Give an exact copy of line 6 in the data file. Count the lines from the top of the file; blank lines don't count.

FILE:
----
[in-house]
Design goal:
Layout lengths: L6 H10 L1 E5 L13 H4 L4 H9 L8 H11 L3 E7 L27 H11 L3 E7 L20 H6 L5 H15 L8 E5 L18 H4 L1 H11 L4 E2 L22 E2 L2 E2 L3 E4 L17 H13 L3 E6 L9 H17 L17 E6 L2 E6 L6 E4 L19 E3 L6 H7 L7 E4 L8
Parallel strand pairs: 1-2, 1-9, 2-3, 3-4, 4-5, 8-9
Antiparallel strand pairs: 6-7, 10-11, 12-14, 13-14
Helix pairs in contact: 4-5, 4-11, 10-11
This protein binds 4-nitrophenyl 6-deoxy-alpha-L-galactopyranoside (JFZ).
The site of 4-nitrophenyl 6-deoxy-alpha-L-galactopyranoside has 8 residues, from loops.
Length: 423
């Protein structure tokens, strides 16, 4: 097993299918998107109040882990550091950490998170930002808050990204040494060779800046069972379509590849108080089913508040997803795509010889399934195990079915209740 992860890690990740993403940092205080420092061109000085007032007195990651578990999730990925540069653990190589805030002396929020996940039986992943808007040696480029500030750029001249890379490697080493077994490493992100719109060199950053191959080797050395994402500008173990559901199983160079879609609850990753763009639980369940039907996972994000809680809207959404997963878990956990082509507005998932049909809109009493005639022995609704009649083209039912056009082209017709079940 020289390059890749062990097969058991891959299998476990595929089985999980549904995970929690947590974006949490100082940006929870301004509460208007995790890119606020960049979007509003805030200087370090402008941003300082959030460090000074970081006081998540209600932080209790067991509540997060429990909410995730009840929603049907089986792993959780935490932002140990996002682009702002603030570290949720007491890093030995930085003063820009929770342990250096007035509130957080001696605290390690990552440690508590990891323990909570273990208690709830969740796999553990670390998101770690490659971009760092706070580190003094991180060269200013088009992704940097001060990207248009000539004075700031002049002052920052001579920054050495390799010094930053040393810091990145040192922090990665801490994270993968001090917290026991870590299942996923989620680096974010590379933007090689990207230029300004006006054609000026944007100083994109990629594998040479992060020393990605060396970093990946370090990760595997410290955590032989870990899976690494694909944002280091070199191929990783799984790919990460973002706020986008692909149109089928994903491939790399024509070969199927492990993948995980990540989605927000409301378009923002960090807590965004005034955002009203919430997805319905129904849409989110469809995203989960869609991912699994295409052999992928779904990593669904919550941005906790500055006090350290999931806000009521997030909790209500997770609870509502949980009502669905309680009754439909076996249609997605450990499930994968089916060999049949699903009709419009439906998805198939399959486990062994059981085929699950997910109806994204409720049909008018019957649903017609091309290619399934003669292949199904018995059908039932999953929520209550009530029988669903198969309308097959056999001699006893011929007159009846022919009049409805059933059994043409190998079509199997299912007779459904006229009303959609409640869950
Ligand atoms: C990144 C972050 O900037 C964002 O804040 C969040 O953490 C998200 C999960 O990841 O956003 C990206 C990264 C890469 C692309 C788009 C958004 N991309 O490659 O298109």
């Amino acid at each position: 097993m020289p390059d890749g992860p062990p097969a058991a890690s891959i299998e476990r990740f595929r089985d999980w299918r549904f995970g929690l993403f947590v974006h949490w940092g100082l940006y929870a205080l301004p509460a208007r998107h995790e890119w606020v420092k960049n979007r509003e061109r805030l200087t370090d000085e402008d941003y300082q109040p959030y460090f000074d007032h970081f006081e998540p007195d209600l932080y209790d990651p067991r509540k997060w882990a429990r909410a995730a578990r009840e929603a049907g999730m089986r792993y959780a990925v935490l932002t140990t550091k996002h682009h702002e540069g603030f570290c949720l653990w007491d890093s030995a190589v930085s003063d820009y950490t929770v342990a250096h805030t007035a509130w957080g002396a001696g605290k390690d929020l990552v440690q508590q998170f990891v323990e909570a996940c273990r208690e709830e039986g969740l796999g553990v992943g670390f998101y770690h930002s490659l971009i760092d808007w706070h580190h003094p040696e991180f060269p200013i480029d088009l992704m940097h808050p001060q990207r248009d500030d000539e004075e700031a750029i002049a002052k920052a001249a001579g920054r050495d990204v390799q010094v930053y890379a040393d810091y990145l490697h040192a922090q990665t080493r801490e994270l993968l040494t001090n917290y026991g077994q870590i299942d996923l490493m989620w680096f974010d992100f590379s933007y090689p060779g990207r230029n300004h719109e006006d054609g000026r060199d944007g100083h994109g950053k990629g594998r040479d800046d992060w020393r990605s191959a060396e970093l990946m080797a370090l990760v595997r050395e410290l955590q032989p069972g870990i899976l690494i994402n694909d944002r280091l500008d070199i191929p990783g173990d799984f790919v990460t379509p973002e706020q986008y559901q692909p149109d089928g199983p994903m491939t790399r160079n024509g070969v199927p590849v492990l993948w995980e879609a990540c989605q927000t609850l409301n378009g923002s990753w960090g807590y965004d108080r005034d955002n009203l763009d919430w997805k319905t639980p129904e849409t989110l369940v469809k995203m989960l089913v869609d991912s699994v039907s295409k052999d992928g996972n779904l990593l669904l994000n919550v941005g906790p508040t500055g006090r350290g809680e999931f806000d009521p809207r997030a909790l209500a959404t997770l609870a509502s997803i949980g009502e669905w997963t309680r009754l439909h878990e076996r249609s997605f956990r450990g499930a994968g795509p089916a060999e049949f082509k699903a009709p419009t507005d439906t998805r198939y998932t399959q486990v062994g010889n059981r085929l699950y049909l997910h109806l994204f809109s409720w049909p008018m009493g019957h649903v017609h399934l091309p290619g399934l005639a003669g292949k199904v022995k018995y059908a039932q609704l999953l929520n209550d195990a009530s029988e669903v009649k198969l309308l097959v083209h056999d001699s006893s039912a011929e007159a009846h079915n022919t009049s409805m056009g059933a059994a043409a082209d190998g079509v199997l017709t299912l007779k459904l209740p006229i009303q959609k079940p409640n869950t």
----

Helix pairs in contact: 4-5, 4-11, 10-11